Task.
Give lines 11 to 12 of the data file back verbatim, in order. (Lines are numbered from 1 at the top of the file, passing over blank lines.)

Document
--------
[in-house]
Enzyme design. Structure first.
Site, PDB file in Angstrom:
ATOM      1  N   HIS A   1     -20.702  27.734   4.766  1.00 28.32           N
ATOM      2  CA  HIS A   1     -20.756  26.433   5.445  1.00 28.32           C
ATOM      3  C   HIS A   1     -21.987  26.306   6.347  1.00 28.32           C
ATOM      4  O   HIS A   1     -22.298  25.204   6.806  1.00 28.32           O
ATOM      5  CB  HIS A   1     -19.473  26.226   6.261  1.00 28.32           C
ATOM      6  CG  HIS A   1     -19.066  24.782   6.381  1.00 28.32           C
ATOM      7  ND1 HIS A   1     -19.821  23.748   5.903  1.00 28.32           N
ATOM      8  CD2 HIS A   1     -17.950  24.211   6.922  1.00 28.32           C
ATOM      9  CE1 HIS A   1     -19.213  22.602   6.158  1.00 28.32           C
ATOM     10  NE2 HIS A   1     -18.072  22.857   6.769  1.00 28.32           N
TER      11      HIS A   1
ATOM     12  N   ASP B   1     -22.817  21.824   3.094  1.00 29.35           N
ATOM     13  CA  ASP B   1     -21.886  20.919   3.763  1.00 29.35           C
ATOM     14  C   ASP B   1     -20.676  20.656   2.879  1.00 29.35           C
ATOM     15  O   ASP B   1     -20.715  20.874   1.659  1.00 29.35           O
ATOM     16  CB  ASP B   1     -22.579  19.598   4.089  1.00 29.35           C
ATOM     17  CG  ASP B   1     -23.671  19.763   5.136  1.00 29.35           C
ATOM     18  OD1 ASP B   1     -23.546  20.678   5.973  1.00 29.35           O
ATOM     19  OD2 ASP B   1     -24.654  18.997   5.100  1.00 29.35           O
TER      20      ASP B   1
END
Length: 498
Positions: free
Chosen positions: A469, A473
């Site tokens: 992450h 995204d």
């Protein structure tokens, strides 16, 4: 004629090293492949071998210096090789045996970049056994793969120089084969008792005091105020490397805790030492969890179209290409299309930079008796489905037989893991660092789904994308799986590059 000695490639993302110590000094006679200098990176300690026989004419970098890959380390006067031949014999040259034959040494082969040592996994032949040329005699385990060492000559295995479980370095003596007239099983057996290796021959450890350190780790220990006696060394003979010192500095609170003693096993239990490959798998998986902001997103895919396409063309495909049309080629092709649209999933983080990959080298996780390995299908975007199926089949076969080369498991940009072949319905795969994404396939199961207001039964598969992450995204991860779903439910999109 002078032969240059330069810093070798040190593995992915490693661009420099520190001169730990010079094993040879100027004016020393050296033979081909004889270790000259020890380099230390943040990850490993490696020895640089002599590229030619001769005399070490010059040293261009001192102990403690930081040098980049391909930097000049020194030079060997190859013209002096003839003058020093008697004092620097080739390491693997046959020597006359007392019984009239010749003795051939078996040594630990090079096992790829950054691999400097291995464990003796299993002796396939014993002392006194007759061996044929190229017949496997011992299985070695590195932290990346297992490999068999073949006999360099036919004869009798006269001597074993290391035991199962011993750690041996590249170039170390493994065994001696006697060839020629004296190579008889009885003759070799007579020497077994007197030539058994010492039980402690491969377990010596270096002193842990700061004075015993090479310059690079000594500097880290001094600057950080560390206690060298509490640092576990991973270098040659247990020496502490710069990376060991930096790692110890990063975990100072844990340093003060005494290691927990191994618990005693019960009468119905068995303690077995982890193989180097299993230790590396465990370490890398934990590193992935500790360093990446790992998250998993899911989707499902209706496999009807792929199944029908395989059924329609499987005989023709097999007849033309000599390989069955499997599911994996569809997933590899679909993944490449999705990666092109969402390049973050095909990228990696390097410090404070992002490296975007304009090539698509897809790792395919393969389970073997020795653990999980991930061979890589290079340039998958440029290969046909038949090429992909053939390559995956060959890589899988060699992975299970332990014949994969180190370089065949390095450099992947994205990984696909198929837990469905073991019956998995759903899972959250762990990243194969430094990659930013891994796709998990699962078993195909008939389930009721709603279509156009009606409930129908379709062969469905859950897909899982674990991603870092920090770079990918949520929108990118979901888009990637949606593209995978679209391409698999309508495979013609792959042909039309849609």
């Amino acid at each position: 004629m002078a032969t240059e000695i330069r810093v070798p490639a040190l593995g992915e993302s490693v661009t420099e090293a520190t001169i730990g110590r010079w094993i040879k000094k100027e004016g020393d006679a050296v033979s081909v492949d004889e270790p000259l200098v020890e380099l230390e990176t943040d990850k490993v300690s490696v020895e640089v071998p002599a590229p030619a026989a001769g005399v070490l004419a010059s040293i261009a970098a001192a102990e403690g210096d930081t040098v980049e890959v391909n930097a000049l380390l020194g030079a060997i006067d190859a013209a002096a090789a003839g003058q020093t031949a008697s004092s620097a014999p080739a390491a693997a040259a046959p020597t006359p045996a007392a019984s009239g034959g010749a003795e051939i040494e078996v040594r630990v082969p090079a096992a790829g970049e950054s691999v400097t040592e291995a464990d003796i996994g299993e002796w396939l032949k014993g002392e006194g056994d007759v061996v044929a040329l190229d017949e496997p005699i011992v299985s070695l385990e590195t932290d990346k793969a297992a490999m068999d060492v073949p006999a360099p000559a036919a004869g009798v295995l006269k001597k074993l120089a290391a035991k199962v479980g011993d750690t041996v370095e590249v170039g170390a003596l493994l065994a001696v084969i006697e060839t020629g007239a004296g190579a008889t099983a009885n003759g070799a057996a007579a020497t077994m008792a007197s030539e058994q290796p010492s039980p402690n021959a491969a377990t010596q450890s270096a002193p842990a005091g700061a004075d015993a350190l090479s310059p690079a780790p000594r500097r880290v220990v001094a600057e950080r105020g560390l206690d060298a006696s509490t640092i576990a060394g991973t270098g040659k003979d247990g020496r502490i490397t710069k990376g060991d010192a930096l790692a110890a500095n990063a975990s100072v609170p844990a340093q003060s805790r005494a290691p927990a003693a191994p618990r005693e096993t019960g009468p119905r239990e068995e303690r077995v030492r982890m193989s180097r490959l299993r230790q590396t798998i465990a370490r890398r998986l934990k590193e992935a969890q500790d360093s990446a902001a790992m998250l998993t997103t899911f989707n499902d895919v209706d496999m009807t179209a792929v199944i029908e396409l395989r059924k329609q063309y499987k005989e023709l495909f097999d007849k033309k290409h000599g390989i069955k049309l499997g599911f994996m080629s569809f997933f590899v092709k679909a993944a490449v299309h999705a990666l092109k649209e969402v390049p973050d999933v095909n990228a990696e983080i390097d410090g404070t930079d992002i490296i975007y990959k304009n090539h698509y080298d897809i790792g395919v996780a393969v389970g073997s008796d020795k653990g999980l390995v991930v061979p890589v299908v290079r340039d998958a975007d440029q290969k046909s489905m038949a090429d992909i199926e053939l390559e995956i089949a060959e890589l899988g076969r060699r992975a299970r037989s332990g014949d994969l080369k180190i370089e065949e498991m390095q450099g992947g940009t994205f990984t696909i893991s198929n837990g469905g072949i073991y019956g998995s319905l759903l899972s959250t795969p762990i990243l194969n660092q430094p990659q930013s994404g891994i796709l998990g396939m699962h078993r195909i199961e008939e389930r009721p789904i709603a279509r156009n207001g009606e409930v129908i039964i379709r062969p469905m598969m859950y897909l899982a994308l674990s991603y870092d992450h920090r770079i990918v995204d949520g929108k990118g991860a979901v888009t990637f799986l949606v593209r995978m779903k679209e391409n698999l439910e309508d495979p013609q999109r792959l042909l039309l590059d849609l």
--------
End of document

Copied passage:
ATOM      8  CD2 HIS A   1     -17.950  24.211   6.922  1.00 28.32           C
ATOM      9  CE1 HIS A   1     -19.213  22.602   6.158  1.00 28.32           C